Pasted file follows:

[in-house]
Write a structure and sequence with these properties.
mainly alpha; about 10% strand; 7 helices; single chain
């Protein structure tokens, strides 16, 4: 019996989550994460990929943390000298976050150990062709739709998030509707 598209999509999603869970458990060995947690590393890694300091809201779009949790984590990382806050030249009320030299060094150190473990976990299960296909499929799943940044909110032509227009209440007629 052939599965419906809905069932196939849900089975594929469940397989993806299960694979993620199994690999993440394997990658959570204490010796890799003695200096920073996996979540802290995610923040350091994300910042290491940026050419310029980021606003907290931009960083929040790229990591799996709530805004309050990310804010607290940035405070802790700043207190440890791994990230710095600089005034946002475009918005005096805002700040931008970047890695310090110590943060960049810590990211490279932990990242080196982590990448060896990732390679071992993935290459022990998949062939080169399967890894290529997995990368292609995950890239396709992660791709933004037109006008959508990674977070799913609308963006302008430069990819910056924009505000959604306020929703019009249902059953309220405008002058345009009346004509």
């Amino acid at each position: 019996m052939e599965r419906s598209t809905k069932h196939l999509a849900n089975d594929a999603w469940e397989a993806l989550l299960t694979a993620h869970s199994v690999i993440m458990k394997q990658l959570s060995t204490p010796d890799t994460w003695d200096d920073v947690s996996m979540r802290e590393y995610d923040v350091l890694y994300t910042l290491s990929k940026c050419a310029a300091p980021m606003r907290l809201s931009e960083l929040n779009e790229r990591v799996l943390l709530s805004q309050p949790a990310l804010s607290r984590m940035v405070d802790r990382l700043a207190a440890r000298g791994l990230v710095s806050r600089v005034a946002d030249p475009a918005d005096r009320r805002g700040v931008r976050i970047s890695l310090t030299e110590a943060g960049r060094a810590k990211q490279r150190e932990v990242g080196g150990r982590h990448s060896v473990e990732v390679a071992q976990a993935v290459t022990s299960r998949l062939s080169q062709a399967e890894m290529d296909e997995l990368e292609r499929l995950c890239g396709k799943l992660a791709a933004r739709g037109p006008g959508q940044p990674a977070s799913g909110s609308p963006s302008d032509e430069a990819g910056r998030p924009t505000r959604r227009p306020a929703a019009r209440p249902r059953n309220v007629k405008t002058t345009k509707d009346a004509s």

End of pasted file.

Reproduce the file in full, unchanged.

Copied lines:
[in-house]
Write a structure and sequence with these properties.
mainly alpha; about 10% strand; 7 helices; single chain
């Protein structure tokens, strides 16, 4: 019996989550994460990929943390000298976050150990062709739709998030509707 598209999509999603869970458990060995947690590393890694300091809201779009949790984590990382806050030249009320030299060094150190473990976990299960296909499929799943940044909110032509227009209440007629 052939599965419906809905069932196939849900089975594929469940397989993806299960694979993620199994690999993440394997990658959570204490010796890799003695200096920073996996979540802290995610923040350091994300910042290491940026050419310029980021606003907290931009960083929040790229990591799996709530805004309050990310804010607290940035405070802790700043207190440890791994990230710095600089005034946002475009918005005096805002700040931008970047890695310090110590943060960049810590990211490279932990990242080196982590990448060896990732390679071992993935290459022990998949062939080169399967890894290529997995990368292609995950890239396709992660791709933004037109006008959508990674977070799913609308963006302008430069990819910056924009505000959604306020929703019009249902059953309220405008002058345009009346004509």
């Amino acid at each position: 019996m052939e599965r419906s598209t809905k069932h196939l999509a849900n089975d594929a999603w469940e397989a993806l989550l299960t694979a993620h869970s199994v690999i993440m458990k394997q990658l959570s060995t204490p010796d890799t994460w003695d200096d920073v947690s996996m979540r802290e590393y995610d923040v350091l890694y994300t910042l290491s990929k940026c050419a310029a300091p980021m606003r907290l809201s931009e960083l929040n779009e790229r990591v799996l943390l709530s805004q309050p949790a990310l804010s607290r984590m940035v405070d802790r990382l700043a207190a440890r000298g791994l990230v710095s806050r600089v005034a946002d030249p475009a918005d005096r009320r805002g700040v931008r976050i970047s890695l310090t030299e110590a943060g960049r060094a810590k990211q490279r150190e932990v990242g080196g150990r982590h990448s060896v473990e990732v390679a071992q976990a993935v290459t022990s299960r998949l062939s080169q062709a399967e890894m290529d296909e997995l990368e292609r499929l995950c890239g396709k799943l992660a791709a933004r739709g037109p006008g959508q940044p990674a977070s799913g909110s609308p963006s302008d032509e430069a990819g910056r998030p924009t505000r959604r227009p306020a929703a019009r209440p249902r059953n309220v007629k405008t002058t345009k509707d009346a004509s």